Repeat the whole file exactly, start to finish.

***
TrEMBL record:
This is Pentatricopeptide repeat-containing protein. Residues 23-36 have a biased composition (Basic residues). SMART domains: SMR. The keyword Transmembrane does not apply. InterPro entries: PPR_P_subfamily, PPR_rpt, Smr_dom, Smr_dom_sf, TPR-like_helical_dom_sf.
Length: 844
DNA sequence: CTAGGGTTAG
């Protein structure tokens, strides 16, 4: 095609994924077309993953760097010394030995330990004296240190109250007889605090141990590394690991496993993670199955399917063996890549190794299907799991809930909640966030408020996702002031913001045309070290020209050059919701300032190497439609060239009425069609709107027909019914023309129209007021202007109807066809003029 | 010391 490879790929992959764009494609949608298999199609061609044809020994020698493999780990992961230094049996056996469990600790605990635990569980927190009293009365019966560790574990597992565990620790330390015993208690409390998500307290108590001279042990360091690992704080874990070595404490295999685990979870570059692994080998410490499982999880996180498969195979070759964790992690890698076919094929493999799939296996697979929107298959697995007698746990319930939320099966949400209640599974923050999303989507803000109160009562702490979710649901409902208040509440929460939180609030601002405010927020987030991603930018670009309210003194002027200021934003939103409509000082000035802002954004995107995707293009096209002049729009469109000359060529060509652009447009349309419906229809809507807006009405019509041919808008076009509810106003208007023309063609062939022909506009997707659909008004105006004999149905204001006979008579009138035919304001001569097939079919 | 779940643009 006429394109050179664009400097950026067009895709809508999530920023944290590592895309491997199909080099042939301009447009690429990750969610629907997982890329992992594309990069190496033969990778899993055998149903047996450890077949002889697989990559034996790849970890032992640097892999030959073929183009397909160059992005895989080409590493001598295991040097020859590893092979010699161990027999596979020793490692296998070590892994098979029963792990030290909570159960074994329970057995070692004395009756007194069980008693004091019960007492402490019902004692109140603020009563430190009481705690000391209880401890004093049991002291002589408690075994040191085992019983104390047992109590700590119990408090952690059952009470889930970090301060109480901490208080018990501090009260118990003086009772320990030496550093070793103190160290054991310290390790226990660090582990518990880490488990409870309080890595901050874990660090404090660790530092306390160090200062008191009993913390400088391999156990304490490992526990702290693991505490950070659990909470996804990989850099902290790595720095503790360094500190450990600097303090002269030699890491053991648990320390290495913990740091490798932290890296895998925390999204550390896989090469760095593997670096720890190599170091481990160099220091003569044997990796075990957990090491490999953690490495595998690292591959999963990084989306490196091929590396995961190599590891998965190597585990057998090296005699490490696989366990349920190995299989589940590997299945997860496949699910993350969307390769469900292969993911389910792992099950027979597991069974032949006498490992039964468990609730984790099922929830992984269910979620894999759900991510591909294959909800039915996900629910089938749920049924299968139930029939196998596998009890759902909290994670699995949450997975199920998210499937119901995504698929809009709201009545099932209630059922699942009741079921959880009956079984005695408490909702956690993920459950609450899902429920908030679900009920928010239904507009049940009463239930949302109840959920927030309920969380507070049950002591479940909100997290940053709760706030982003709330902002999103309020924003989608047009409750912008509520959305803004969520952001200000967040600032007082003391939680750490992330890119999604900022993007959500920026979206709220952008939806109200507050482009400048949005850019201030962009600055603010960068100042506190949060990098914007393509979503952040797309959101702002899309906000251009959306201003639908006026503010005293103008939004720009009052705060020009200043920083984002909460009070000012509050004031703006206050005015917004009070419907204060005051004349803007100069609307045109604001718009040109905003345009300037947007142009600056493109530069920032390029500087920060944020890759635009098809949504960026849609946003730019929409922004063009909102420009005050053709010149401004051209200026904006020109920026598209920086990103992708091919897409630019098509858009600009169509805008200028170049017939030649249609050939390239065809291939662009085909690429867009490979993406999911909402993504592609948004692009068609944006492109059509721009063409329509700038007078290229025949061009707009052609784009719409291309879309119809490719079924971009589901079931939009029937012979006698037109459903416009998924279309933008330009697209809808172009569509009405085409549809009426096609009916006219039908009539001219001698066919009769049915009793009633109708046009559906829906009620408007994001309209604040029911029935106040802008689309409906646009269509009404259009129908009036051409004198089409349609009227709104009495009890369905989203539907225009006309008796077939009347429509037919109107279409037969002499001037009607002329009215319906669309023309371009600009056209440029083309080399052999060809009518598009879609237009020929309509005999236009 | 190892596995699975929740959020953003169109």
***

TrEMBL record:
This is Pentatricopeptide repeat-containing protein. Residues 23-36 have a biased composition (Basic residues). SMART domains: SMR. The keyword Transmembrane does not apply. InterPro entries: PPR_P_subfamily, PPR_rpt, Smr_dom, Smr_dom_sf, TPR-like_helical_dom_sf.
Length: 844
DNA sequence: CTAGGGTTAG
């Protein structure tokens, strides 16, 4: 095609994924077309993953760097010394030995330990004296240190109250007889605090141990590394690991496993993670199955399917063996890549190794299907799991809930909640966030408020996702002031913001045309070290020209050059919701300032190497439609060239009425069609709107027909019914023309129209007021202007109807066809003029 | 010391 490879790929992959764009494609949608298999199609061609044809020994020698493999780990992961230094049996056996469990600790605990635990569980927190009293009365019966560790574990597992565990620790330390015993208690409390998500307290108590001279042990360091690992704080874990070595404490295999685990979870570059692994080998410490499982999880996180498969195979070759964790992690890698076919094929493999799939296996697979929107298959697995007698746990319930939320099966949400209640599974923050999303989507803000109160009562702490979710649901409902208040509440929460939180609030601002405010927020987030991603930018670009309210003194002027200021934003939103409509000082000035802002954004995107995707293009096209002049729009469109000359060529060509652009447009349309419906229809809507807006009405019509041919808008076009509810106003208007023309063609062939022909506009997707659909008004105006004999149905204001006979008579009138035919304001001569097939079919 | 779940643009 006429394109050179664009400097950026067009895709809508999530920023944290590592895309491997199909080099042939301009447009690429990750969610629907997982890329992992594309990069190496033969990778899993055998149903047996450890077949002889697989990559034996790849970890032992640097892999030959073929183009397909160059992005895989080409590493001598295991040097020859590893092979010699161990027999596979020793490692296998070590892994098979029963792990030290909570159960074994329970057995070692004395009756007194069980008693004091019960007492402490019902004692109140603020009563430190009481705690000391209880401890004093049991002291002589408690075994040191085992019983104390047992109590700590119990408090952690059952009470889930970090301060109480901490208080018990501090009260118990003086009772320990030496550093070793103190160290054991310290390790226990660090582990518990880490488990409870309080890595901050874990660090404090660790530092306390160090200062008191009993913390400088391999156990304490490992526990702290693991505490950070659990909470996804990989850099902290790595720095503790360094500190450990600097303090002269030699890491053991648990320390290495913990740091490798932290890296895998925390999204550390896989090469760095593997670096720890190599170091481990160099220091003569044997990796075990957990090491490999953690490495595998690292591959999963990084989306490196091929590396995961190599590891998965190597585990057998090296005699490490696989366990349920190995299989589940590997299945997860496949699910993350969307390769469900292969993911389910792992099950027979597991069974032949006498490992039964468990609730984790099922929830992984269910979620894999759900991510591909294959909800039915996900629910089938749920049924299968139930029939196998596998009890759902909290994670699995949450997975199920998210499937119901995504698929809009709201009545099932209630059922699942009741079921959880009956079984005695408490909702956690993920459950609450899902429920908030679900009920928010239904507009049940009463239930949302109840959920927030309920969380507070049950002591479940909100997290940053709760706030982003709330902002999103309020924003989608047009409750912008509520959305803004969520952001200000967040600032007082003391939680750490992330890119999604900022993007959500920026979206709220952008939806109200507050482009400048949005850019201030962009600055603010960068100042506190949060990098914007393509979503952040797309959101702002899309906000251009959306201003639908006026503010005293103008939004720009009052705060020009200043920083984002909460009070000012509050004031703006206050005015917004009070419907204060005051004349803007100069609307045109604001718009040109905003345009300037947007142009600056493109530069920032390029500087920060944020890759635009098809949504960026849609946003730019929409922004063009909102420009005050053709010149401004051209200026904006020109920026598209920086990103992708091919897409630019098509858009600009169509805008200028170049017939030649249609050939390239065809291939662009085909690429867009490979993406999911909402993504592609948004692009068609944006492109059509721009063409329509700038007078290229025949061009707009052609784009719409291309879309119809490719079924971009589901079931939009029937012979006698037109459903416009998924279309933008330009697209809808172009569509009405085409549809009426096609009916006219039908009539001219001698066919009769049915009793009633109708046009559906829906009620408007994001309209604040029911029935106040802008689309409906646009269509009404259009129908009036051409004198089409349609009227709104009495009890369905989203539907225009006309008796077939009347429509037919109107279409037969002499001037009607002329009215319906669309023309371009600009056209440029083309080399052999060809009518598009879609237009020929309509005999236009 | 190892596995699975929740959020953003169109």